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Time to get a snowflake

It is this weekend where we need to think about keeping our car on the road?

On Monday, you are required to have a snowflake logo on your tires to traverse high passes in B.C.

What does that mean? Well, frankly it leaves a lot to the consumer, which is why this weekend you want to think about what you put on your car.

First of all and most important, the right compound with less tread will typically look after you better than a brand new tire with the wrong compound.

That situation occurs from the fact that tires are inherently a conflict. 

There is such a conflict that when I am racing the rally car, we often take four sets of completely different tires to an event, because one set cannot be all tires to all situations.

We are barely able to convince people to switch over from summer to winter use tires, so there is no way we can practically keep four sets of tires for varying weather.

This weekend is pretty clear and simple in terms of decision making.

Don’t rely on your all seasons to get you through the winter. For tires to provide grip, the compound needs to be at a temperature that allows it to function. All-season tires will not function very well before we even get to negative digits on the thermometer.

Winters on the other hand have a much softer compound that will work even to extremely low temperatures.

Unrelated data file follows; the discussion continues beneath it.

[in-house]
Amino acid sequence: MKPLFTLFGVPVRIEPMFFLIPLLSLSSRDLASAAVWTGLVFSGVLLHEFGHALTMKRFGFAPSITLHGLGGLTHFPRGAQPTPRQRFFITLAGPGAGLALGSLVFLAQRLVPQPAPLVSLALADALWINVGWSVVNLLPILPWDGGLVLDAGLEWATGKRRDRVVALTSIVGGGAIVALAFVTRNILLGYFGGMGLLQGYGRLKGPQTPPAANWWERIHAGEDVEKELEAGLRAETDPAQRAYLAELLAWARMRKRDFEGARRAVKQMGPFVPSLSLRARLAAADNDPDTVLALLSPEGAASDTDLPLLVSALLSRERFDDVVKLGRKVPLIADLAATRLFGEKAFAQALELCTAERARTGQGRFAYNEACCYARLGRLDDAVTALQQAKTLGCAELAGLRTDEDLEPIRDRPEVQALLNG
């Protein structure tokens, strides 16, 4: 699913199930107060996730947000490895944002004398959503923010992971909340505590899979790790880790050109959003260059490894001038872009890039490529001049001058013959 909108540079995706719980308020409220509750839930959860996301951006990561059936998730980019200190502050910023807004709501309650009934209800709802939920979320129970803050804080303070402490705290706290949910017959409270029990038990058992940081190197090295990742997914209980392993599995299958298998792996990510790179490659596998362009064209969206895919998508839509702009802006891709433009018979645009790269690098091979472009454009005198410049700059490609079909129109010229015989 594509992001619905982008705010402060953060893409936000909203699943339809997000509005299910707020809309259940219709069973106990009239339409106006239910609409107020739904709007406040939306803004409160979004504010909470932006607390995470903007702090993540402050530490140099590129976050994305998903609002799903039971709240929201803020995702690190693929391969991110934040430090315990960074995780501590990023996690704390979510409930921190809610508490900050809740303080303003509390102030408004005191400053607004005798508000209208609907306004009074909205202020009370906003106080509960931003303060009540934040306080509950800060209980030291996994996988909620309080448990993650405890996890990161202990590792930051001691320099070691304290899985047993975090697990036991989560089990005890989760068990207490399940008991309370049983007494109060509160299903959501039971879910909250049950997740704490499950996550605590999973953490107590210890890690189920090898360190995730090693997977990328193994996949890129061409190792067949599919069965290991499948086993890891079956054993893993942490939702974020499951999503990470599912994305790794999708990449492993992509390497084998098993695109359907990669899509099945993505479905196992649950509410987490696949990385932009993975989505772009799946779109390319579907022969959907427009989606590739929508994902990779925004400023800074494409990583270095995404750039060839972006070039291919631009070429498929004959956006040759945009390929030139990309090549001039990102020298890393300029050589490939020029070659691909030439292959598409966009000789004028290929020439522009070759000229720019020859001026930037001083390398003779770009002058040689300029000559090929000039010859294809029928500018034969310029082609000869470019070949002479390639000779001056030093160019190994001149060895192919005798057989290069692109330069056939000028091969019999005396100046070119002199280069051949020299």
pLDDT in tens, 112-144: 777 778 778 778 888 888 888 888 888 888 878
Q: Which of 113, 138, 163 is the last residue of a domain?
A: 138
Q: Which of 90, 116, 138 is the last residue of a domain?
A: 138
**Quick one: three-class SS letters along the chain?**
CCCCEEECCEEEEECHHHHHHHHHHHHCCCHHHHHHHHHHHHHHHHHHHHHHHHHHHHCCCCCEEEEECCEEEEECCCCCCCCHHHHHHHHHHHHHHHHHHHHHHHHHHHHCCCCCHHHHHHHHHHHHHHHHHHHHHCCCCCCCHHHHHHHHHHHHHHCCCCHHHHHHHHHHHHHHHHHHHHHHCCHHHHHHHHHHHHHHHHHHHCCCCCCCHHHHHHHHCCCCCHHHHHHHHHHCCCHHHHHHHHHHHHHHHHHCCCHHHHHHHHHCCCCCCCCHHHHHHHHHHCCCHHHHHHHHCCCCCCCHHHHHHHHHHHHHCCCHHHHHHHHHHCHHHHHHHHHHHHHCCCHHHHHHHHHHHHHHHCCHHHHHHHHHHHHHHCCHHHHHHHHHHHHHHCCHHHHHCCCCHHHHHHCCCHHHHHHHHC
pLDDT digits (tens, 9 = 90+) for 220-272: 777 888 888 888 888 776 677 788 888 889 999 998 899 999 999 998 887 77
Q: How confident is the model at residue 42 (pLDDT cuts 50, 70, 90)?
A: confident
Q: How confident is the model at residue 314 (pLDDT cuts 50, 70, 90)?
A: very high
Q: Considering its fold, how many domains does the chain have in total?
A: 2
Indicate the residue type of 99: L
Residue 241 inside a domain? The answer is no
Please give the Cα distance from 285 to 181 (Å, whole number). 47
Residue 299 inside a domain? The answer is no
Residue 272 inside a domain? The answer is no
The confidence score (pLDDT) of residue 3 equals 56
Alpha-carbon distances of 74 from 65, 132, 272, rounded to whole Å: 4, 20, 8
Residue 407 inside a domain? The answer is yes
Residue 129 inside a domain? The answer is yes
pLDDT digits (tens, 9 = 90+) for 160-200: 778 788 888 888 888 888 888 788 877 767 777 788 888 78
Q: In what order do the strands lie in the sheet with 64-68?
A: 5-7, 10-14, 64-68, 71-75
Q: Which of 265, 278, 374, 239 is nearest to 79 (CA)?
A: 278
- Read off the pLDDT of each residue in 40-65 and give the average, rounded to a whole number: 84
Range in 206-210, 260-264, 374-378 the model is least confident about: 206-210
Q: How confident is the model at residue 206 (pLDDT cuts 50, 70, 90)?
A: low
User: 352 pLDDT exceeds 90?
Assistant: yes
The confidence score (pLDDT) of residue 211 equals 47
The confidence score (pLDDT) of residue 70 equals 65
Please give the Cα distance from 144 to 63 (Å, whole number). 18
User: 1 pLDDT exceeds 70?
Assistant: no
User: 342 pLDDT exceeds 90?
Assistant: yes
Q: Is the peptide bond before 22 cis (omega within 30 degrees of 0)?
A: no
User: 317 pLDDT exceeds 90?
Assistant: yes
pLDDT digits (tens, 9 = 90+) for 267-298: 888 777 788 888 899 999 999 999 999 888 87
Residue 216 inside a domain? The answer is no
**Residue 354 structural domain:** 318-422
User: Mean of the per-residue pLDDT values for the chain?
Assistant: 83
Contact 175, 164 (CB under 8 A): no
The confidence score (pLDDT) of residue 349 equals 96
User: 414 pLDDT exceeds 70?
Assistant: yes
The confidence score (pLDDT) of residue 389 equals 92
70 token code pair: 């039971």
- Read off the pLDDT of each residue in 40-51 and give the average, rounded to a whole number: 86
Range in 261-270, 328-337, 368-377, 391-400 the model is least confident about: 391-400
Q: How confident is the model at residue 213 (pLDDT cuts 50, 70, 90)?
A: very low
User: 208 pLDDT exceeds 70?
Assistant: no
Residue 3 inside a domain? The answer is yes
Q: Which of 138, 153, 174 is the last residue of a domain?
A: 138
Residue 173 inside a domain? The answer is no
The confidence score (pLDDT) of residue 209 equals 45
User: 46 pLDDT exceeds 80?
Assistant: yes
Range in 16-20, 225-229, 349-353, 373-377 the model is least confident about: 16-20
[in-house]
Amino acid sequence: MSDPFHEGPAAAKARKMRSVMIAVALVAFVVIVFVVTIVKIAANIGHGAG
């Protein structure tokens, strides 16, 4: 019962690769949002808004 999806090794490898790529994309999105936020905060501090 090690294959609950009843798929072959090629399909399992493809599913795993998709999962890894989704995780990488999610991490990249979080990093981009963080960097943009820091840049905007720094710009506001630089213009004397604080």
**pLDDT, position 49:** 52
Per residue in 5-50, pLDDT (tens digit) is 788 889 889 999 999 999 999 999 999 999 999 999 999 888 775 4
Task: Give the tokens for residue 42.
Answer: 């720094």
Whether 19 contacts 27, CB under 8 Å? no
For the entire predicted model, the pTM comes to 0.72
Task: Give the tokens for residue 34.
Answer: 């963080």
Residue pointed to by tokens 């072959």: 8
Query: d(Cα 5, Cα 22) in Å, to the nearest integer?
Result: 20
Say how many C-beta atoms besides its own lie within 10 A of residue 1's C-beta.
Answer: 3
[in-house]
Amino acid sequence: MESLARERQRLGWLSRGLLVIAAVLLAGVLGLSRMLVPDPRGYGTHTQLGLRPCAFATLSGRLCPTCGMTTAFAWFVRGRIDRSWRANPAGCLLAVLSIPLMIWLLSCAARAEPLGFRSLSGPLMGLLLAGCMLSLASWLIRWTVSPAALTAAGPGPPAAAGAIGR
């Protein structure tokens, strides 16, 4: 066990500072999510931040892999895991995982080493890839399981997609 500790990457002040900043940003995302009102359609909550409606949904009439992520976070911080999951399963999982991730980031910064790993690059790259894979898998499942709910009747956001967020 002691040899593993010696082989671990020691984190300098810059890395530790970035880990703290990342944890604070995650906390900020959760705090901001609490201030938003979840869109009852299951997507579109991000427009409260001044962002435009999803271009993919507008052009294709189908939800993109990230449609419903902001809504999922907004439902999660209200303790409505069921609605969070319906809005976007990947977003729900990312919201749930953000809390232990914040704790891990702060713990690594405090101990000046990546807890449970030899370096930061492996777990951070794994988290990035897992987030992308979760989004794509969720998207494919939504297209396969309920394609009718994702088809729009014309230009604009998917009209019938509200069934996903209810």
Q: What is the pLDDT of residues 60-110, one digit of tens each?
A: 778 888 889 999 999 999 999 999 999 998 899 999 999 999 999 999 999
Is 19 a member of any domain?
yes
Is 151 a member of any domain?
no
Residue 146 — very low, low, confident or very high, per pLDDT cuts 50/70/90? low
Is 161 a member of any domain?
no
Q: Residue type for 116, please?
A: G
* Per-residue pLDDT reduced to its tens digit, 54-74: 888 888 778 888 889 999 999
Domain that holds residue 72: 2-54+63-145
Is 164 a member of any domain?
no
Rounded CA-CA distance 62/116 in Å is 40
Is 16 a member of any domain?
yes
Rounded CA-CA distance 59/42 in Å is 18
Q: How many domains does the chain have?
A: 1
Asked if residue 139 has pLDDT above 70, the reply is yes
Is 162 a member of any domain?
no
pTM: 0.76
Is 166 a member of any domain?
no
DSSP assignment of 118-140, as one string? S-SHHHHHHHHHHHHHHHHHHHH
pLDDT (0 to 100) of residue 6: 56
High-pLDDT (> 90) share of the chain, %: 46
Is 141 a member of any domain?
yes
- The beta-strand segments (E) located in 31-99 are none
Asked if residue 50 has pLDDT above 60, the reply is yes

What are we facing ahead? Typically, we will be plagued with black ice in the early winter through to the snow season with the exception of high passes.

If that is the case, it would make sense to choose an Ice tire. Something like a Bridgestone Blizzak. 

With that being said, that is not always the best tire later in the year when we need a much more open tread to clear snow and dig in to what can be a compact layer of snow — more akin to perhaps a Hankook iPike.

The iPike doesn’t do quite as well on ice, but you can add studs to improve performance. 

So what is the best solution? You need to analyze the type of driving you expect to do and select the best compromise.

More ice, go to a tire with lots os siping, which will help with the temperature of the compound and the surface area on the ice.

If more snow, go with an open tread pattern to clear snow from your tires.

For sure, do not think that your “all seasons” will get you through this winter; you will be a danger to other drivers as well as yourself.

Remember that winter requires us to make sure our vehicle is in top shape mechanically, that we have safety gear for an overnight in a remote area if necessary and that we drive according to the conditions.

Slow down!

Stay safe.

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About the Author

Mark has been an entrepreneur for over forty years. His experience spans many commercial sectors and aspects of business. He was one of the youngest people to be appointed as a Fellow of the prestigious Institute of Sales and Marketing Management before he left the UK in 1988.

His column focuses on ways we can improve on success in our lives. Whether it is business, relationships, or health, Mark has a well-rounded perspective on how to stay focused for growth and development.

His influences come from the various travels he undertakes as an adventurer, philanthropist and keynote speaker. More information can be found on Mark at his website www.markjenningsbates.com

He is a Venture Partner with www.DutchOracle.com a global Alternative Investment company.

Mark Jennings-Bates:
[email protected]
 

Photo credit: www.SteveAustin.ca 



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The views expressed are strictly those of the author and not necessarily those of Castanet. Castanet does not warrant the contents.

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